The MOOC includes 5 modules and runs over a period of 5 weeks. We will begin the journey of Implant Dentistry by exploring how discoveries in biology and technological developments lead to the current practice of dental implants. Then, we will examine clinical cases, diagnose our patients’ needs and expectations and learn the principles of treatment planning. We will learn step-by-step surgical procedures for placing implants and various restorative techniques, directed by current evidence and best practices. Finally, we will investigate major threats and complications of implant procedures and ways to ensure successful treatments and long serving implants.


International Impact
The first run created ripples of impacts to international communities, at not only universities and dental schools, but professional communities alike. Passionate learners in the Arabic community even formed a Facebook group, with over 900 members, where members shared notes with peers and translated the materials to Arabic. We also had a large proportion of Chinese learners, as professional organizations in mainland China spread our MOOC.

This impact continues even after the end of the first run – where there are currently three volunteer groups translating the entire course into Chinese (supplementary materials), Russian and Arabic.

Seminars and Events
Colgate seminar on peri-implant tissues in health and disease (October 2016)

Community event in Bangkok (November 2016), conducted by two of the instructors, Dr. Chatchai Kunavisarut, Mahidol University, and Dr. Nikos Mattheos
The event was broadcast through Facebook live: Part 1, Part 2, Part 3, Part 4

Learner Feedback
Here are some testimonies from the learners:

Listen to our students and find out how they like our course!


Sneak Previews
Below are some teasers of what you may expect in the course:

More sneak previews here.

Sneak Preview 1
How to become an Implant dentist


Sneak Preview 2
Minimally Invasive Surgery


Sneak Preview 3
Micro Surgery Instruments


Sneak Preview 4
The 3 main pathways


Sneak Preview 5
Suture Techniques


Sneak Preview 6
Implant Supported Provisional Restorations


Register today to experience world-class Implant Dentistry education! Re-run begins on 28 February 2017.

Follow us on Facebook and Twitter to get the latest updates!


Among your five senses, what triggers your learning the most?

You and I will probably agree that visuals would be a popular answer.

Artwork, or visual aids, are most definitely a key component of learning. When creating online content that reaches learners of different cultures, visuals speak a thousand words and can boost the learning experience. Good visuals make learning simple and direct.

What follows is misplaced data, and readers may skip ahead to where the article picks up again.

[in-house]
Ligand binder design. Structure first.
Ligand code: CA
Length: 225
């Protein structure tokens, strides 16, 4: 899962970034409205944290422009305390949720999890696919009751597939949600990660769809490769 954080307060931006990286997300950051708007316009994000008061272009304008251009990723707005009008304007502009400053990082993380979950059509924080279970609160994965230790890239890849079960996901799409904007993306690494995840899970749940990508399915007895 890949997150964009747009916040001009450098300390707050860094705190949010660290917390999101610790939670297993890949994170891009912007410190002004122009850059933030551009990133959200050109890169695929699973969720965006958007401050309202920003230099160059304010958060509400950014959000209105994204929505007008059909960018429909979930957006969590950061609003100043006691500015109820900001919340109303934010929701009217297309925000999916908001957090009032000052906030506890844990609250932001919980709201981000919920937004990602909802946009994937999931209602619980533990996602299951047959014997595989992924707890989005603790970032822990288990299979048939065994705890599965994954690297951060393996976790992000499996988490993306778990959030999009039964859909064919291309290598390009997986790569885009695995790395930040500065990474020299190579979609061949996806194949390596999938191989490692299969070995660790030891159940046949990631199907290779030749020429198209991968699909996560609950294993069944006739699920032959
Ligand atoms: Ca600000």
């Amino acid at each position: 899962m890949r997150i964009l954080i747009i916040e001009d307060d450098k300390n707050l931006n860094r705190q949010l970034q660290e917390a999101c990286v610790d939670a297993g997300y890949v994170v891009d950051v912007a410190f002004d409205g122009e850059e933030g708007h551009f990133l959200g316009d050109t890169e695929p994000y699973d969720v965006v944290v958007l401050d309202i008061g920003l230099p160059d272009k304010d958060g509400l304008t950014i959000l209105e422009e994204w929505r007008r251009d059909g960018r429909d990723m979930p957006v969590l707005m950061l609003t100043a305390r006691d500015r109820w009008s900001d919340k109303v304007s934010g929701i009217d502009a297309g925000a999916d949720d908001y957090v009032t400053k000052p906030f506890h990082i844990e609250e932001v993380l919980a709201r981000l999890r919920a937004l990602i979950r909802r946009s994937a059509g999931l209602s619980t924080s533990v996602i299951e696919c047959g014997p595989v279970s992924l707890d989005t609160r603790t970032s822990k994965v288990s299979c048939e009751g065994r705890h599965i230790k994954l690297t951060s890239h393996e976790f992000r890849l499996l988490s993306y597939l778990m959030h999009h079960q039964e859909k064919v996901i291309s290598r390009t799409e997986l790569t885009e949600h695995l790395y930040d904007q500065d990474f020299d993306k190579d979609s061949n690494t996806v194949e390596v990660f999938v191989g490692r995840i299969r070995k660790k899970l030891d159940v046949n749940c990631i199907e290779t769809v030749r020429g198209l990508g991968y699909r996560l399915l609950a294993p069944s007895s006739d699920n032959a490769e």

Let’s take making a MOOC as an example. From small course logos to big posters, short trailers to illustrations in videos, we strive to take care of every artistic detail to create the most enjoyable learning experience. Our in-house artist, Ray, is here to share with you the artistic journey of crafting MOOCs.

The first rule of drawing for MOOCs is to ensure the accuracy of the illustrations, says Ray. “Always remember that you are drawing for an academic purpose, which is different from leisure drawing.” Academic drawings are more than just decorations. Students learn from these visual aids consciously or subconsciously.

For instance, take a look at this course logo designed by Ray for our Dinosaur Ecosystems MOOC.

It may appear as an easily drawn dinosaur, yet in fact, the design went through several rounds of modifications as the dinosaur neck in the original design did not align with archaeological findings. Sometimes the artist may have to negotiate with the course instructor so as to strike the right balance between visual appeal and accuracy.

As MOOCs serve a global audience, artists may sometimes need to use examples and visual elements that speak a common message to learners of different cultures as much as they can.

For example, take a look at the illustrations below, can you tell what it is portraying and which MOOC it was used in? What would be your choice:

  1. The Search for Vernacular Architecture of Asia, Part 1
  2. Humanity and Nature in Chinese Thought
  3. Hong Kong Cinema through a Global Lens
  4. or

  5. Making Sense of News?


The correct answer is Humanity and Nature in Chinese Thought! Ray and the course team chose Star Wars, a worldwide known movie, as an example to illustrate abstract Chinese philosophical concepts to the audience. Did you guess the correct answer?

Our students commented positively on Ray’s animations.

These are just some examples to illustrate the flexibility and creativity of visual aids that can enhance learners’ participation. Thanks to Ray, our elearning journey has been made more colourful!

A glimpse into our artist’s working process:
Ray working on the banner of our new MOOC Hong Kong Cinema through a Global Lens.

You can now purchase Ray’s design at HKU Visitor Centre.

The Year of the Dinosaur?


Upcoming MOOC courses
Hong Kong Cinema through a Global LensDinosaur Ecosystems
Technology-Enriched Learning Initiative TELI
Teaching and Learning
The University of Hong Kong